In a speech made last Wednesday, British Prime Minister Theresa May claimed that free market capitalism is the “greatest agent of collective human progress ever created” and the only model that has “led societies out of darkness and stagnation, and into the light of the modern age.”
The speech was made just a day after Jeremy Corbyn, the opposition and Labour Party leader, stated that capitalism faces a “crisis of legitimacy” and that it is Labour’s mission to replace the “failed model of capitalism.” Corbyn critiqued Conservative Party policies, stating the party focuses on “delivering profits for a few, and debt to many.”
Despite Corbyn’s claims, May continued, “When countries make the transition from closed, restricted, centrally-planned economies to open, free-market policies, the same things happen: Life expectancy increases, infant mortality falls, absolute poverty shrinks, and disposable income grows. Access to education is widened, and rates of illiteracy plummet.”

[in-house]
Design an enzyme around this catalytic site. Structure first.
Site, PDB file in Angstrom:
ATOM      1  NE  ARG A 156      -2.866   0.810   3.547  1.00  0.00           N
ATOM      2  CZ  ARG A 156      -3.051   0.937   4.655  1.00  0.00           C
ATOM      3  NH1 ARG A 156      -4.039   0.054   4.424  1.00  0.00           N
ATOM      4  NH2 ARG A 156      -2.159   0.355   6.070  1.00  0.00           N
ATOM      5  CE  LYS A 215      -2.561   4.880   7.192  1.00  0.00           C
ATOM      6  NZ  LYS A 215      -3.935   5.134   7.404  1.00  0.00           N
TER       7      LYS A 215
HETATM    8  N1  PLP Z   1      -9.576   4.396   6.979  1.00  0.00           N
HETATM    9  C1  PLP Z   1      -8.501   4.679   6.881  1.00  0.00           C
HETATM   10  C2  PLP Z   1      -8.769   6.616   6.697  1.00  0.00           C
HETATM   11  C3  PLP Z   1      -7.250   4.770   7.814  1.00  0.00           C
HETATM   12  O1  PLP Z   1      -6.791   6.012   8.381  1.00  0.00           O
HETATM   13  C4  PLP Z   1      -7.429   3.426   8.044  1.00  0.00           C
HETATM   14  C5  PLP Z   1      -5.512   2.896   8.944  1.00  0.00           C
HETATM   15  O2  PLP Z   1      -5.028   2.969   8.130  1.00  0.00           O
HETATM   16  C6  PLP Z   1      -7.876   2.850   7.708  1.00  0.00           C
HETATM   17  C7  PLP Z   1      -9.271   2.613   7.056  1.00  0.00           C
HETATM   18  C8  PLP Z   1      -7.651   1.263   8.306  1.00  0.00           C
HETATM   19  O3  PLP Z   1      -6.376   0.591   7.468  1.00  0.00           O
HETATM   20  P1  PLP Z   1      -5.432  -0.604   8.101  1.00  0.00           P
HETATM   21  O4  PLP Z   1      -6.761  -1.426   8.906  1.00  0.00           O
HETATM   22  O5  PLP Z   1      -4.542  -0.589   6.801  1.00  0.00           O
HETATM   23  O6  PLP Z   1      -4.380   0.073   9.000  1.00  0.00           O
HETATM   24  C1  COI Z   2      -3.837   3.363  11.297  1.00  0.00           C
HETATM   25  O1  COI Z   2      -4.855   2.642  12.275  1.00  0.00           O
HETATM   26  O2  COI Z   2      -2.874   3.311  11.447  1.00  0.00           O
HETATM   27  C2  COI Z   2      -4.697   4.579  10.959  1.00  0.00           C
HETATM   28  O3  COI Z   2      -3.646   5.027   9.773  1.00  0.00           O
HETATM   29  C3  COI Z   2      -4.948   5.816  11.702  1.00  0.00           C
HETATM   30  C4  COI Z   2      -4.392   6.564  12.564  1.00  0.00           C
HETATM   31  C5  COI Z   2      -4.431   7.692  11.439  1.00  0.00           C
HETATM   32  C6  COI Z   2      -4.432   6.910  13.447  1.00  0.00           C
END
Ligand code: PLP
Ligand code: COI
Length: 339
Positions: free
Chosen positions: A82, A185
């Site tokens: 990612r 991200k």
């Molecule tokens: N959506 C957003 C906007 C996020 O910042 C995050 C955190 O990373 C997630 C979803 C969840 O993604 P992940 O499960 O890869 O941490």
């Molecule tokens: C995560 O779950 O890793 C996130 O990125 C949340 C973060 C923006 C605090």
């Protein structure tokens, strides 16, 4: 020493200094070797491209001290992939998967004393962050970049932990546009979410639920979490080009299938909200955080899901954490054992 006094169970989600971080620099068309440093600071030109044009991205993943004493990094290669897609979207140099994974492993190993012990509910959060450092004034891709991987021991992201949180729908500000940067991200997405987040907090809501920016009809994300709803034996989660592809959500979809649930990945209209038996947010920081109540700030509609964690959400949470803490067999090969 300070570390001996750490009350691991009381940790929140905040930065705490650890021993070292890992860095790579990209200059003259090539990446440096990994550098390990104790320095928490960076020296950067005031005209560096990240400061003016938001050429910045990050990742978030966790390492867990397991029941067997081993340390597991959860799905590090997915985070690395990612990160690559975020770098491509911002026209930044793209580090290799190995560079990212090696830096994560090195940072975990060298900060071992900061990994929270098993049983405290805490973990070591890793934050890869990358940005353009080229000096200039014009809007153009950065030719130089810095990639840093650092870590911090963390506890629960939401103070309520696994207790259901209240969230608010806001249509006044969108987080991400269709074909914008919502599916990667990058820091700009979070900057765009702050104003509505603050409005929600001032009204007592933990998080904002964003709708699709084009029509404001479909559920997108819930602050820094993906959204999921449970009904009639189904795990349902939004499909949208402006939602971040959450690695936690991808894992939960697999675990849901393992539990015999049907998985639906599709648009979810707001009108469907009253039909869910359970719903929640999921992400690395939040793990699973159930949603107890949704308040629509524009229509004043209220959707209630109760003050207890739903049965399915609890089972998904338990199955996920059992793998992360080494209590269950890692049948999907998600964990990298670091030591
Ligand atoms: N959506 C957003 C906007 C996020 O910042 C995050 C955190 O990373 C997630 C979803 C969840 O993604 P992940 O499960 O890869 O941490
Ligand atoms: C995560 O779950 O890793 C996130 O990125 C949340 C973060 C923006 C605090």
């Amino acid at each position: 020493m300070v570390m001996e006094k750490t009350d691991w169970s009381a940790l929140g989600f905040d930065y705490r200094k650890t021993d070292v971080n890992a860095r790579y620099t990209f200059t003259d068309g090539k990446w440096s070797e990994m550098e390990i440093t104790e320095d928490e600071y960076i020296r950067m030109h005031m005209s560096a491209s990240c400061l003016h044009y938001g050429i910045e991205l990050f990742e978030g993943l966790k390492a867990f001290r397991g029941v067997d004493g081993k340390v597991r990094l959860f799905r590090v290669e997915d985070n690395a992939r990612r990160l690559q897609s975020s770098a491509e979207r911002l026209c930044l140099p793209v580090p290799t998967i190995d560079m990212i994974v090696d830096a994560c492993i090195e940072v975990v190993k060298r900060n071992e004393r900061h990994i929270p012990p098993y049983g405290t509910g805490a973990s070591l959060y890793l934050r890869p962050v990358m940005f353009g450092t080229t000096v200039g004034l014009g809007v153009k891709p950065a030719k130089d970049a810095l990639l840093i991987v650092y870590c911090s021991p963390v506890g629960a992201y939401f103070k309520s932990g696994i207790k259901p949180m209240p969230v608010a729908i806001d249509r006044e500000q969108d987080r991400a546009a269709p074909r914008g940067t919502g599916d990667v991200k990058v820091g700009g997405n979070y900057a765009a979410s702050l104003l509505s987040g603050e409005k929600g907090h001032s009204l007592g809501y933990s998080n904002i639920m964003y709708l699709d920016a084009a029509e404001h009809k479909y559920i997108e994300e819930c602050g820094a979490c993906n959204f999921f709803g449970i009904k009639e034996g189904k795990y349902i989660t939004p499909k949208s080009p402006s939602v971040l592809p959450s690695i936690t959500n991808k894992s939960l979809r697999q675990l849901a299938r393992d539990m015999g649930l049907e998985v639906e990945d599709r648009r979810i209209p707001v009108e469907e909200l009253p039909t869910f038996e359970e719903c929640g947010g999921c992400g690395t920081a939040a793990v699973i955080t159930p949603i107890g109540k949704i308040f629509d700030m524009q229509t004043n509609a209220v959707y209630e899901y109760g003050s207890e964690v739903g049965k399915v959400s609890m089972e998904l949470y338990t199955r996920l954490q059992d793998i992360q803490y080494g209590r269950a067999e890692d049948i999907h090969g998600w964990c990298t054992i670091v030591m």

May also noted, “It is in open free-market economies that personal freedoms and liberties find their surest protection.”
May’s speech was most likely a deliberate attempt to counteract Corbyn’s anti-capitalist message and mounting criticism concerning her supposed lack of an appealing vision for the United Kingdom. It also coincided with the launch of Member of European Parliament Daniel Hannan’s new Institute for Free Trade. The launch was attended by three of her ministers: Michael Gove, Boris Johnson and Liam Fox.
May went on to say, the free market economy "is unquestionably the best, and indeed the only sustainable, means of increasing the living standards of everyone in a country." She continued, “It is in open, free-market economies that technological breakthroughs are made, which transform, improve, and save lives.”
As EU negotiations enter a critical phase, let’s hope May follows her own advice: “We should never forget the immense value and potential of an open, innovative and free-market economy.” In order to ensure a prosperous and booming post-Brexit Britain, this sentiment is needed now more than ever.
Alexander C. R. Hammond is research assistant for HumanProgress.org.